Now, what is the meaning of the world “children”? Does that term adequately describe the fact that the overwhelming majority of victims in this crisis are teen-aged males?

Anyone who has studied the clergy-abuse crisis among PROTESTANTS knows that adult males who prey on teen-aged girls are not the same as the criminals who prey on children younger than 12 years of age (approximately). It’s true that there is no connection between male homosexuality and pedophilia. However, is that the key issue in this case? Is that what informed conservative Catholics are claiming?

Let’s see, what else do we need to see in this set of Times talking points? How about another out-of-context statement of those famous words from Pope Francis? Here’s the Times update:

Just a few years ago, this shift was almost unimaginable. When Pope Francis uttered his revolutionary question, “Who am I to judge?” in 2013, he tempted the closet door to swing open. A cautious few priests stepped through.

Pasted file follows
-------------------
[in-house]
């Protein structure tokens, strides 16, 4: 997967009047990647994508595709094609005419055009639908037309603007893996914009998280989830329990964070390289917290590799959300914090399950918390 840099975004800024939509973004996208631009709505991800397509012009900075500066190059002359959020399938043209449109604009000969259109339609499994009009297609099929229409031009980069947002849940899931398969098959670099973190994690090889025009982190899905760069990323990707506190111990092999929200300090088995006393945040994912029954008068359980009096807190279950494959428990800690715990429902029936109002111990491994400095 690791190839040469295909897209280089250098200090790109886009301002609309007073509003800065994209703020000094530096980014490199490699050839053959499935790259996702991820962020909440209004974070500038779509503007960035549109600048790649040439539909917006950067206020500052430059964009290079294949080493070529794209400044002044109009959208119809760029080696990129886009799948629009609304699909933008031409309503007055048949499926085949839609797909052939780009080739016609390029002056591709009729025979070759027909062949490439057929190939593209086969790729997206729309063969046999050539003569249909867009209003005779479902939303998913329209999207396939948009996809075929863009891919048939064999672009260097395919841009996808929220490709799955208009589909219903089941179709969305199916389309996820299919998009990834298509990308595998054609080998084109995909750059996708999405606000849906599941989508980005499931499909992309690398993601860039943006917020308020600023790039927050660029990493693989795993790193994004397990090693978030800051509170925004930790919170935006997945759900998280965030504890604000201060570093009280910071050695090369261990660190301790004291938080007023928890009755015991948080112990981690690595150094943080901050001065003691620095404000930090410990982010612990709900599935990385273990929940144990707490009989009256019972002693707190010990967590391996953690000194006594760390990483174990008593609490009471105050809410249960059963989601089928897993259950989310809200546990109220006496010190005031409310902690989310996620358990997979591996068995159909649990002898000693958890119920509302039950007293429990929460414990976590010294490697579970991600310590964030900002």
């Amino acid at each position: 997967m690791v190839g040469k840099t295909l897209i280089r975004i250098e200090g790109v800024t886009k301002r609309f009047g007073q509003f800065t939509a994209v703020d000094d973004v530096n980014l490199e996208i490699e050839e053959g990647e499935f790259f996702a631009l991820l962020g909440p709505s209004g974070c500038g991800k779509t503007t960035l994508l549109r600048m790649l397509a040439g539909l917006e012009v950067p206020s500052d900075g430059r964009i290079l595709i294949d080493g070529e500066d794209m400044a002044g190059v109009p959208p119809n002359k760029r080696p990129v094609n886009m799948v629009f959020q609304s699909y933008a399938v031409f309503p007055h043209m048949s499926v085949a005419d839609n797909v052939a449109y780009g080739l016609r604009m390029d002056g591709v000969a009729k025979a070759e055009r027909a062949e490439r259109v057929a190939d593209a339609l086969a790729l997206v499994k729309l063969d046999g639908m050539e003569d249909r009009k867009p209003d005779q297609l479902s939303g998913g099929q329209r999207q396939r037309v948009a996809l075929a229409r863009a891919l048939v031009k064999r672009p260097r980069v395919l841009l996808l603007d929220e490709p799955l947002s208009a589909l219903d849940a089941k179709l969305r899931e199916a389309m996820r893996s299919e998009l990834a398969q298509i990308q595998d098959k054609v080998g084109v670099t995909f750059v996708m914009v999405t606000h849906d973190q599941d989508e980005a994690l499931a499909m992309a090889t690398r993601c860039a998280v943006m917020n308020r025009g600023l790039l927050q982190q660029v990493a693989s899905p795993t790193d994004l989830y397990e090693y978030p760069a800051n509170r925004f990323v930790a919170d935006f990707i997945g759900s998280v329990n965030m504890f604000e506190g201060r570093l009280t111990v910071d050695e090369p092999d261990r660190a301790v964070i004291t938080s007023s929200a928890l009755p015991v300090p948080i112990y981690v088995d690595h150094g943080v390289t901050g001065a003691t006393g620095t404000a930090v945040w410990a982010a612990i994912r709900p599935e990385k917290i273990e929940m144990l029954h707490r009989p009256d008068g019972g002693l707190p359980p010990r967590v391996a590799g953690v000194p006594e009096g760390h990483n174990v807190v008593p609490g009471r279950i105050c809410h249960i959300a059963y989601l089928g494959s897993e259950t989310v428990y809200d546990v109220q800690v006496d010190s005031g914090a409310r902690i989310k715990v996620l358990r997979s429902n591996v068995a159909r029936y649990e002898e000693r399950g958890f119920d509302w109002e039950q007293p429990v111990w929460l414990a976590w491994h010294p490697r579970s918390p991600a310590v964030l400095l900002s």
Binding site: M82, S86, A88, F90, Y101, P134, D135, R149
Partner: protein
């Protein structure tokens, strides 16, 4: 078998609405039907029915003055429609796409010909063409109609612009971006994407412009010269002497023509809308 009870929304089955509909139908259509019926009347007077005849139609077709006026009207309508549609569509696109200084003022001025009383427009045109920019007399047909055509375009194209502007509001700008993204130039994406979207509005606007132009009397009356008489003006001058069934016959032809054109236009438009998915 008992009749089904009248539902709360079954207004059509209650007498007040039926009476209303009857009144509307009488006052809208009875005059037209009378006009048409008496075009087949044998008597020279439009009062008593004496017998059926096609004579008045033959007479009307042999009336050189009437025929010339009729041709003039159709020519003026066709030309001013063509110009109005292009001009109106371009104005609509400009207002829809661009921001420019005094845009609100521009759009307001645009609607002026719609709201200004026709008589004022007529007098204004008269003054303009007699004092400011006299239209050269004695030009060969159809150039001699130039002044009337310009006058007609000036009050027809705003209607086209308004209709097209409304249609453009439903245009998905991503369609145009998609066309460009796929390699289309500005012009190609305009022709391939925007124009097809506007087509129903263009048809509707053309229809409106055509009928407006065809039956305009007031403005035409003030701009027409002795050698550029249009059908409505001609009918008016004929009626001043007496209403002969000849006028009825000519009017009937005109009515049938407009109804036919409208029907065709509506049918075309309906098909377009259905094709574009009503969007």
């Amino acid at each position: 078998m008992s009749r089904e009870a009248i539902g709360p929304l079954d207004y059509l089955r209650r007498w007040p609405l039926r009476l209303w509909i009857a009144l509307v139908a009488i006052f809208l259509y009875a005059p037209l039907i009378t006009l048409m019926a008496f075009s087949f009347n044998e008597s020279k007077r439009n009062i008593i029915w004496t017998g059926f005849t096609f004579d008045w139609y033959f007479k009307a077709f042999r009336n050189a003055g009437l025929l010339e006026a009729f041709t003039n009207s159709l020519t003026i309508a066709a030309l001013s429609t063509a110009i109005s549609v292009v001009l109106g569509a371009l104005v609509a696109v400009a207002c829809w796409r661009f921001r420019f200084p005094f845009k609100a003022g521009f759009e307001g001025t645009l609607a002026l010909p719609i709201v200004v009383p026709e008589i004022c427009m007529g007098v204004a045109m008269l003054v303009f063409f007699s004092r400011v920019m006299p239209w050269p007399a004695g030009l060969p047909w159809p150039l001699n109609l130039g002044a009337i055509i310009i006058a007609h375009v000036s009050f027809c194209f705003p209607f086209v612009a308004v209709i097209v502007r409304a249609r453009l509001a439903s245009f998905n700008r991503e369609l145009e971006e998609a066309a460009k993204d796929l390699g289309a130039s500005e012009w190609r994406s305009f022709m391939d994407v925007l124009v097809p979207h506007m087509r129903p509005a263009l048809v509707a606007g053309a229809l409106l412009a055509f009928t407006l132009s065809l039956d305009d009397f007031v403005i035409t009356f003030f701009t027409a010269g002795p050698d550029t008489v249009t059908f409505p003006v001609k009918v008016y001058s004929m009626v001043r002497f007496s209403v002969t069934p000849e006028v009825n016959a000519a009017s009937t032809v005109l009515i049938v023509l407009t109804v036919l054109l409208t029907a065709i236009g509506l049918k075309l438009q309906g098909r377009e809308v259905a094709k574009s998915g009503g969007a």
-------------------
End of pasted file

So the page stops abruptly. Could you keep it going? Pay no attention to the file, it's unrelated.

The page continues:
But if the closet door cracked, the sex abuse crisis now threatens to slam it shut. Widespread scapegoating has driven many priests deeper into the closet.

“The vast majority of gay priests are not safe,” said Father Bob Bussen, a priest in Park City, Utah, who was outed about 12 years ago after he held Mass for the L.G.B.T.Q. community. “Life in the closet is worse than scapegoating,” he said. “It is not a closet. It is a cage.”

Let’s see, it would also help to include a shot at the church’s teaching that sex outside of marriage is sin. Let’s click that off the list, since healthy sexuality has to include, well, you know: